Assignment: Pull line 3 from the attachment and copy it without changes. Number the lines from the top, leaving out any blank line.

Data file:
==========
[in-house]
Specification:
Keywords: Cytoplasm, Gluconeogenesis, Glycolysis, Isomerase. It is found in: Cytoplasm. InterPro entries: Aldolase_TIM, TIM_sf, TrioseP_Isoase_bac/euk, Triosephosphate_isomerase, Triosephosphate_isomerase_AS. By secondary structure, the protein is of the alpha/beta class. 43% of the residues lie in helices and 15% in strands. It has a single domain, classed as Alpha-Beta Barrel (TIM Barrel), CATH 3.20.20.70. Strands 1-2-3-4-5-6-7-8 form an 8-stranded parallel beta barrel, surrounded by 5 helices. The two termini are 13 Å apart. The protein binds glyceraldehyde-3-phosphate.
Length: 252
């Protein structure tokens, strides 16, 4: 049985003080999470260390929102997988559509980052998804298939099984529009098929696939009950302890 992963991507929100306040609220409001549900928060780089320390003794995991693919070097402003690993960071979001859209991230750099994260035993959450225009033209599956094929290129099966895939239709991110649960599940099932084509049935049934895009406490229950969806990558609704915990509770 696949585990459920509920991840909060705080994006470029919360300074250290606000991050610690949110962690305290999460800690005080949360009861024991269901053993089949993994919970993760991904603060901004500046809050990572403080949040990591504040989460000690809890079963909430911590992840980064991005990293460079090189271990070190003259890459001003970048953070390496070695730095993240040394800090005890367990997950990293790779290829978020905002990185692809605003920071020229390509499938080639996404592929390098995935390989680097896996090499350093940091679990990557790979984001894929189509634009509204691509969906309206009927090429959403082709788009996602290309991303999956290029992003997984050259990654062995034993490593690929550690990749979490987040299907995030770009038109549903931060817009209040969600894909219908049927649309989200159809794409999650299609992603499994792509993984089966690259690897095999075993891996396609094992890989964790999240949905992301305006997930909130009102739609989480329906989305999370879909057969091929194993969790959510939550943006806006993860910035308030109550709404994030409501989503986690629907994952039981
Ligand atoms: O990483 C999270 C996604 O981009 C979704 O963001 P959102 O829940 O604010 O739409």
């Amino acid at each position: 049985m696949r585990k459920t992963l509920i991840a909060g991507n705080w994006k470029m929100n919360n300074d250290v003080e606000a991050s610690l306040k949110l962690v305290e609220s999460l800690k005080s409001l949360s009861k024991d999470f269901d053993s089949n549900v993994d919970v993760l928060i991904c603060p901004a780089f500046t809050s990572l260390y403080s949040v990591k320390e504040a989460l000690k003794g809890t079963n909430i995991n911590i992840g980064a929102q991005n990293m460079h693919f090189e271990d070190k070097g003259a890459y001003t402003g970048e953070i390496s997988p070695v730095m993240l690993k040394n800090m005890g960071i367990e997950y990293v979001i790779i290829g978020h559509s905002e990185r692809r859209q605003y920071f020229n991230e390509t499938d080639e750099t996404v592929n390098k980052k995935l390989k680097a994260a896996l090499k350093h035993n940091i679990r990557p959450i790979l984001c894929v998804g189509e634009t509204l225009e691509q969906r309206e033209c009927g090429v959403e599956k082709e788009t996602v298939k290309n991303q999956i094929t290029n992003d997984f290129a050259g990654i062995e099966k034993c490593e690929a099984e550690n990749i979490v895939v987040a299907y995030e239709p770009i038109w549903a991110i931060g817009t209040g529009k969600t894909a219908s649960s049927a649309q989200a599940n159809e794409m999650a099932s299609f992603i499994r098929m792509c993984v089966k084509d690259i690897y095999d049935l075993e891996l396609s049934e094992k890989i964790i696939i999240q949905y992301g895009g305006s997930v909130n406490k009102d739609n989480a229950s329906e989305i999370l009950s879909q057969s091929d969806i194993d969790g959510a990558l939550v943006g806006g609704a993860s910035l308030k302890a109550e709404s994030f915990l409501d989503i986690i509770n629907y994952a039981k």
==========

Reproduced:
Keywords: Cytoplasm, Gluconeogenesis, Glycolysis, Isomerase. It is found in: Cytoplasm. InterPro entries: Aldolase_TIM, TIM_sf, TrioseP_Isoase_bac/euk, Triosephosphate_isomerase, Triosephosphate_isomerase_AS. By secondary structure, the protein is of the alpha/beta class. 43% of the residues lie in helices and 15% in strands. It has a single domain, classed as Alpha-Beta Barrel (TIM Barrel), CATH 3.20.20.70. Strands 1-2-3-4-5-6-7-8 form an 8-stranded parallel beta barrel, surrounded by 5 helices. The two termini are 13 Å apart. The protein binds glyceraldehyde-3-phosphate.